This Isaac Watts carol is really a re-versification of Psalm 98; if you read that Psalm, you’ll see the parallels. Today’s hymnline follows the phrase, “No more let sins and sorrows grow, nor thorns infest the ground.” In place of the infestation of these negative aspects of life, “He comes to make his blessings flow (as) far as the curse (of sin) is found.”

There are many reasons Christ came; we could grab a legal pad and start making another list! But one of them is to replace the curse of sin with the blessings of himself – so that his blessings might flow into and through our lives… for our own edification and for those around us who may still be up to their necks, strangled by the thorns of sin and sorrow.

It is a shame when a blessing comes into our lives, stops there, and goes no further. “Paying it forward” was a Biblical principle long before it was a movie or a common catch phrase. As the blessing pile higher and higher, we become hoarders… yea, even Scrooge-like!

Let me give us another challenge for the Advent season: Because he comes to make his blessings flow, let’s pass along every blessing we possibly can. Let’s take up the blessing industry and be about our Father’s business!

Lord Christ, may every blessing that flows into me flow out of me into someone else. Amen.

Hear Choir from George Fox University

Hear Dolly Sing This Carol (with Stella on the Front Row!)
Sorry she doesn’t sing this stanza.

Wednesday, December 13, 2017

"Ye who long pain and sorrow bear, praise God and on him cast your care."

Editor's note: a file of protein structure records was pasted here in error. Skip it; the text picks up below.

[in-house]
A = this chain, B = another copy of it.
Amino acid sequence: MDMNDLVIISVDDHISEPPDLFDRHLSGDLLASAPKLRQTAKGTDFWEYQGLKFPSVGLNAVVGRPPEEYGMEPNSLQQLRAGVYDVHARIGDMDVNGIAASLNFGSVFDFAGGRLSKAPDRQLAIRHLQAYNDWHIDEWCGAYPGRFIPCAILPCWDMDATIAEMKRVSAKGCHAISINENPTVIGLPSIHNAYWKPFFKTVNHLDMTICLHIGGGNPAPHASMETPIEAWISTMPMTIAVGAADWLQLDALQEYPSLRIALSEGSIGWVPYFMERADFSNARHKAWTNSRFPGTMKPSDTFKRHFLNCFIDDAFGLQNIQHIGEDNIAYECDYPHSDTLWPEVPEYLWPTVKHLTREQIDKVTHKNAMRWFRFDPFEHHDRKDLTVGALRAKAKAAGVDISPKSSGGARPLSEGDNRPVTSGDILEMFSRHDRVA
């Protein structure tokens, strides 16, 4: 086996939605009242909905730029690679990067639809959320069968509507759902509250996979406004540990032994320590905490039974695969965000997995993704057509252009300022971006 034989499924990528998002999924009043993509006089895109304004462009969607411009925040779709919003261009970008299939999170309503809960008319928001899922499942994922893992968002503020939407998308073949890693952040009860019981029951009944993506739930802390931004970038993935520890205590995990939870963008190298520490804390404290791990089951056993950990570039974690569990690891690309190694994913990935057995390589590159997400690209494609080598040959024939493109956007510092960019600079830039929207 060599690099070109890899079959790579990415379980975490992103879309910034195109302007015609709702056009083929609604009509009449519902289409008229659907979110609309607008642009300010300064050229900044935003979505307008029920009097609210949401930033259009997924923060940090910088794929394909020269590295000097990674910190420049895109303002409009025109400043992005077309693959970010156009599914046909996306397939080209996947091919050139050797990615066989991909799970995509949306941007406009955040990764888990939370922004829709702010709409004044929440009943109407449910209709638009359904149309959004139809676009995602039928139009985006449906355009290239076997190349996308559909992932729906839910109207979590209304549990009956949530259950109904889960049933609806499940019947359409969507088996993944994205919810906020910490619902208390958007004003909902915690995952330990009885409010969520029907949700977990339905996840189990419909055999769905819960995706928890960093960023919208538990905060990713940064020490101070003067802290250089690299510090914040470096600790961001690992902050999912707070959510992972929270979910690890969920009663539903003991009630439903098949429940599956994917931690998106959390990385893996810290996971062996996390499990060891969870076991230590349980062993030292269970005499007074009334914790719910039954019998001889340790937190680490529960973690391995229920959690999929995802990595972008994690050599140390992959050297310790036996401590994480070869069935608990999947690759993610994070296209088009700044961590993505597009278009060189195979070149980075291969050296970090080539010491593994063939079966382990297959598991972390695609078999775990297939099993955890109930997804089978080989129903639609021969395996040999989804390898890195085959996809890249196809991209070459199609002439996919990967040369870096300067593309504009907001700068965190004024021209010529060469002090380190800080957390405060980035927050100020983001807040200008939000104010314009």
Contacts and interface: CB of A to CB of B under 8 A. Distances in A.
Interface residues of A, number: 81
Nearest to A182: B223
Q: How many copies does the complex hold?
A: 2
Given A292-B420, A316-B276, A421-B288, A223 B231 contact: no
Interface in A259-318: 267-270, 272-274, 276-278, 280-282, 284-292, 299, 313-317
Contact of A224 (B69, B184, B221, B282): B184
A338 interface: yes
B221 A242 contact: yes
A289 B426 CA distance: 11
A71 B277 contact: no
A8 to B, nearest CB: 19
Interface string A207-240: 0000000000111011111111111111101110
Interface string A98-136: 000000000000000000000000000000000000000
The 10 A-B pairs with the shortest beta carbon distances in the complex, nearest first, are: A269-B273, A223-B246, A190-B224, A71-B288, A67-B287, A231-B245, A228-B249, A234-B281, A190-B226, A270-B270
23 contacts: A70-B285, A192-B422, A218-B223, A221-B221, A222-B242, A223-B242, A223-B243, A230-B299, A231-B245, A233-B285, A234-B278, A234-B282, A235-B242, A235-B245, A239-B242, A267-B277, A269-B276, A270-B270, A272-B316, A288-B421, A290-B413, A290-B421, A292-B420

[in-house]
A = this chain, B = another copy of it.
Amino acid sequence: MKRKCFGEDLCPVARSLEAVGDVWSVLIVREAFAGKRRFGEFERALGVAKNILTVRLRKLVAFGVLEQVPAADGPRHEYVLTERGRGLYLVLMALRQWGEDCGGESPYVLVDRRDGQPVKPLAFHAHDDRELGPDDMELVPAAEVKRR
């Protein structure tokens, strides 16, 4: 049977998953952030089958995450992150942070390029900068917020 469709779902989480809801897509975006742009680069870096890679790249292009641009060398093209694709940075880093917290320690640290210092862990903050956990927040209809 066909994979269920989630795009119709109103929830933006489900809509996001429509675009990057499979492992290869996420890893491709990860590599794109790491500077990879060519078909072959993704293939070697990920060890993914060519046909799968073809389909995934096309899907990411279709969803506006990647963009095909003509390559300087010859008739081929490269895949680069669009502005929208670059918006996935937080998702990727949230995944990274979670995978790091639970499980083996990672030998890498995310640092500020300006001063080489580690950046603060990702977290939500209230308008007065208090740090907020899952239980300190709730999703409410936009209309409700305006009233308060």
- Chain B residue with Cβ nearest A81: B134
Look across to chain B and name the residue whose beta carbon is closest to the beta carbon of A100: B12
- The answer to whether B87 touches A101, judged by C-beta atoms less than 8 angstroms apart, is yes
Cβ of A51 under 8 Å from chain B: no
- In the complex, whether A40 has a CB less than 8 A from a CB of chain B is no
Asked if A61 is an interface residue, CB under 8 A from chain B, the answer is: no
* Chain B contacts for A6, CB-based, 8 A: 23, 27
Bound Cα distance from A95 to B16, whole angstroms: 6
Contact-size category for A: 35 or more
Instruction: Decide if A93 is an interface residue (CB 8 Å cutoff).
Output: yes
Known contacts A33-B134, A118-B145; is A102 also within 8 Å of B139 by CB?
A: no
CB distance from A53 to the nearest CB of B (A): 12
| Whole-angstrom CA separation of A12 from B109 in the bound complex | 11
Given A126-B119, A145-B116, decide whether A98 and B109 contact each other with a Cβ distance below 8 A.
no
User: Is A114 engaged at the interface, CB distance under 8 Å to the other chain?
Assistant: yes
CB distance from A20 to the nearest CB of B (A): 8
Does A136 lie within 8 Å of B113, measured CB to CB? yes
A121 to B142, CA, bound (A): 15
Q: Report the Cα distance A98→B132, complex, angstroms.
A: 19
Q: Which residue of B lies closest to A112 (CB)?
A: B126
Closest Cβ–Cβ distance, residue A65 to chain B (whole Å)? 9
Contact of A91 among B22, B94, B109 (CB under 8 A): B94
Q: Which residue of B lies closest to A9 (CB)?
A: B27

Hymn: “All Creatures of Our God and King” – Francis of Assisi (1182-1226)

All of us deal with pain now and then (physical and otherwise). We all encounter periods of great sorrow. There are some, it seems who bear pain and sorrow continuously, rarely escaping the two specters that loom about them. I experience a certain level of pain and sorrow for people like that, trying to identify with their station.

Some people who are dealt pain and sorrow daily respond by becoming angry and difficult. Others retreat into their own shell and reclusively try to deal with their dilemma. The ones which always surprise me, though, are those who rise above the difficulty to be people who praise their Maker in spite of where they find themselves. These are the folks who neither complain nor boast but genuinely throw themselves on the mercy of God… who cast all their cares upon the One who controls all of life – the good, the bad, and the ugly.

When one of these saints finally loses their struggle – whose long pain and sorrow is turned to eternal health and joy – we celebrate their final healing, their moving at long last into the face-to-face beholding of their Savior.

During these weeks of preparation for Christmas, be more aware of those who have long suffered pain and borne sorrow for many years; if you get the opportunity, encourage them to cast that care upon the Savior whose birth we are about to celebrate.

If that person is you, O praise him! O praise him! Alleluia! Alleluia! Alleluia!

Accapella Setting

Tuesday, December 12, 2017

"And all flesh shall see the token that God's word is never broken."